220.127.116.11 How Much Did the Earth Warm During the Previous Interglacial?
Globally, there was less glacial ice on Earth during the Last Interglacial, also referred to as “Last Interglaciation” (LIG, 130 ± 1 to 116 ± 1 ka; Stirling et al., 1998) than now. This suggests significant reduction in the size of the Greenland and possibly Antarctic Ice Sheets (see Section 6.4.3). The climate of the LIG has been inferred to be warmer than present (Kukla et al., 2002), although the evidence is regional and not necessarily synchronous globally, consistent with understanding of the primary forcing. For the first half of this interglacial (~130–123 ka), orbital forcing (Box 6.1) produced a large increase in NH summer insolation. Proxy data indicate warmer-than-present coastal waters in parts of the Pacific, Atlantic, and Indian Oceans as well as in the Mediterranean Sea, greatly reduced sea ice in the coastal waters around Alaska, extension of boreal forest into areas now occupied by tundra in interior Alaska and Siberia and a generally warmer Arctic (Brigham-Grette and Hopkins, 1995; Lozhkin and Anderson, 1995; Muhs et al., 2001, CAPE Last Interglacial Project Members, 2006). Ice core data indicate a large response over Greenland and Antarctica with early LIG temperatures 3°C to 5°C warmer than present (Watanabe et al., 2003; NGRIP, 2004; Landais et al., 2006). Palaeofauna evidence from New Zealand indicates LIG warmth during the late LIG consistent with the latitudinal dependence of orbital forcing (Marra, 2003).
There are AOGCM simulations available for the LIG, but no standardised intercomparison simulations have been performed. When forced with orbital forcing of 130 to 125 ka (Box 6.1), with over 10% more summer insolation in the NH than today, AOGCMs produce a summer arctic warming of up to 5°C, with greatest warming over Eurasia and in the Baffin Island/northern Greenland region (Figure 6.6) (Montoya et al., 2000; Kaspar et al., 2005; Otto-Bliesner et al., 2006a). Simulations generally match proxy reconstructions of the maximum arctic summer warmth (Kaspar and Cubasch, 2006; CAPE Last Interglacial Project Members, 2006) although may still underestimate warmth in Siberia because vegetation feedbacks are not included in current simulations. Simulated LIG annual average global temperature is not notably higher than present, consistent with the orbital forcing.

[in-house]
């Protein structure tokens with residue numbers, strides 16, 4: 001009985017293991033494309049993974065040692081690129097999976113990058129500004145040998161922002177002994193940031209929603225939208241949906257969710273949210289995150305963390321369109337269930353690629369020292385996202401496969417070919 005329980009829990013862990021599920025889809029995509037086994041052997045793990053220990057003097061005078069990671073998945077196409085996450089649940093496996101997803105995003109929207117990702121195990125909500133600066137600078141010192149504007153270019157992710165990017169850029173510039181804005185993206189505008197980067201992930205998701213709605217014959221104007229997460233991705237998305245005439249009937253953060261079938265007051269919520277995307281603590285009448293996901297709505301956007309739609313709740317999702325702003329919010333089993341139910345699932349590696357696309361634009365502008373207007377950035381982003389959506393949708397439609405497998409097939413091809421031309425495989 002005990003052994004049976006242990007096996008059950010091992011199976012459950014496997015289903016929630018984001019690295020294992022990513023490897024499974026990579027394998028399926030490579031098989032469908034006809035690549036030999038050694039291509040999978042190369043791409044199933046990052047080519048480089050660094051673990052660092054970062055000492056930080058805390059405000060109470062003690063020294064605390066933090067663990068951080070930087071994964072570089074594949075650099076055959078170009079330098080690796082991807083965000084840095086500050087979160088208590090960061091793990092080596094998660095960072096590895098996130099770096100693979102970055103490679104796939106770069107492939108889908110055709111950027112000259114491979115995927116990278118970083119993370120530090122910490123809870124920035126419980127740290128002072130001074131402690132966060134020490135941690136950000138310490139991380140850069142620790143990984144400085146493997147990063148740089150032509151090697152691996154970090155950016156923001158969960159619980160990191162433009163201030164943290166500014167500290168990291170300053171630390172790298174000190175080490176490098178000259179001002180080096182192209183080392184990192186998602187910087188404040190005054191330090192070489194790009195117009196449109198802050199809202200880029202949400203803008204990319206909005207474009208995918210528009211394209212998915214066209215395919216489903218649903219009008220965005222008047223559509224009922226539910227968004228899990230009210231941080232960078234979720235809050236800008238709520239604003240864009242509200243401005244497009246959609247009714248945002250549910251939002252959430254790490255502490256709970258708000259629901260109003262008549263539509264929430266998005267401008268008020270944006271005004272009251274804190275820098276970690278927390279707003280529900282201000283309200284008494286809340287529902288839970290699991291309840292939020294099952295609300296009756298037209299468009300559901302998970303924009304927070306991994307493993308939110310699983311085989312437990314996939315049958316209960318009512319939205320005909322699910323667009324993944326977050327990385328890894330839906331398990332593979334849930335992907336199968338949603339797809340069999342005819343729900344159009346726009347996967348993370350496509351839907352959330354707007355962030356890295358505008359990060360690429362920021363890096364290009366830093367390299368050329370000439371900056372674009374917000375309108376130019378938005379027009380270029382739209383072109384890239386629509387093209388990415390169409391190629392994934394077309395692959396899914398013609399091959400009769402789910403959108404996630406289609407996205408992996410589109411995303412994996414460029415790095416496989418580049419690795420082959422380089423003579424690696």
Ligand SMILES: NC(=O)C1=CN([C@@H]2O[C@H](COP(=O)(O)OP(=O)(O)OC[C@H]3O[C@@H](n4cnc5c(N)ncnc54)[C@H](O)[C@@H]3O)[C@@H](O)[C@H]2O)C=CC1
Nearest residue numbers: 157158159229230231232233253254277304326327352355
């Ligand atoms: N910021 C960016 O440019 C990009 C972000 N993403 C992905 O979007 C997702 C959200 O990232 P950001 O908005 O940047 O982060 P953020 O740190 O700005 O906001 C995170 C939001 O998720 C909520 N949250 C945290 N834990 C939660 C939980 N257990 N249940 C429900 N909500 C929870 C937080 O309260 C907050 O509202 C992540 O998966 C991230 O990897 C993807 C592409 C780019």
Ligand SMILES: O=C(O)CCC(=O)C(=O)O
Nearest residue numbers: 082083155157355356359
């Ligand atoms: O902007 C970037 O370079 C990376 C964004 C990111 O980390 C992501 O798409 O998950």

Figure 6.6. Summer surface air temperature change over the Arctic (left) and annual minimum ice thickness and extent for Greenland and western arctic glaciers (right) for the LIG from a multi-model and a multi-proxy synthesis. The multi-model summer warming simulated by the National Center for Atmospheric Research (NCAR) Community Climate System Model (CCSM), 130 ka minus present (Otto-Bliesner et al., 2006b), and the ECHAM4 HOPE-G (ECHO-G) model, 125 ka minus pre-industrial (Kaspar et al., 2005), is contoured in the left panel and is overlain by proxy estimates of maximum summer warming from terrestrial (circles) and marine (diamonds) sites as compiled in the syntheses published by the CAPE Project Members (2006) and Kaspar et al. (2005). Extents and thicknesses of the Greenland Ice Sheet and eastern Canadian and Iceland glaciers are shown at their minimum extent for the LIG as a multi-model average from three ice models (Tarasov and Peltier, 2003; Lhomme et al., 2005a; Otto-Bliesner et al., 2006a). Ice core observations (Koerner, 1989; NGRIP, 2004) indicate LIG ice (white dots) at Renland (R), North Greenland Ice Core Project (N), Summit (S, Greenland Ice Core Project and Greenland Ice Sheet Project 2) and possibly Camp Century (C), but no LIG ice (black dots) at Devon (De) and Agassiz (A) in the eastern Canadian Arctic. Evidence for LIG ice at Dye-3 (D) in southern Greenland is equivocal (grey dot; see text for detail).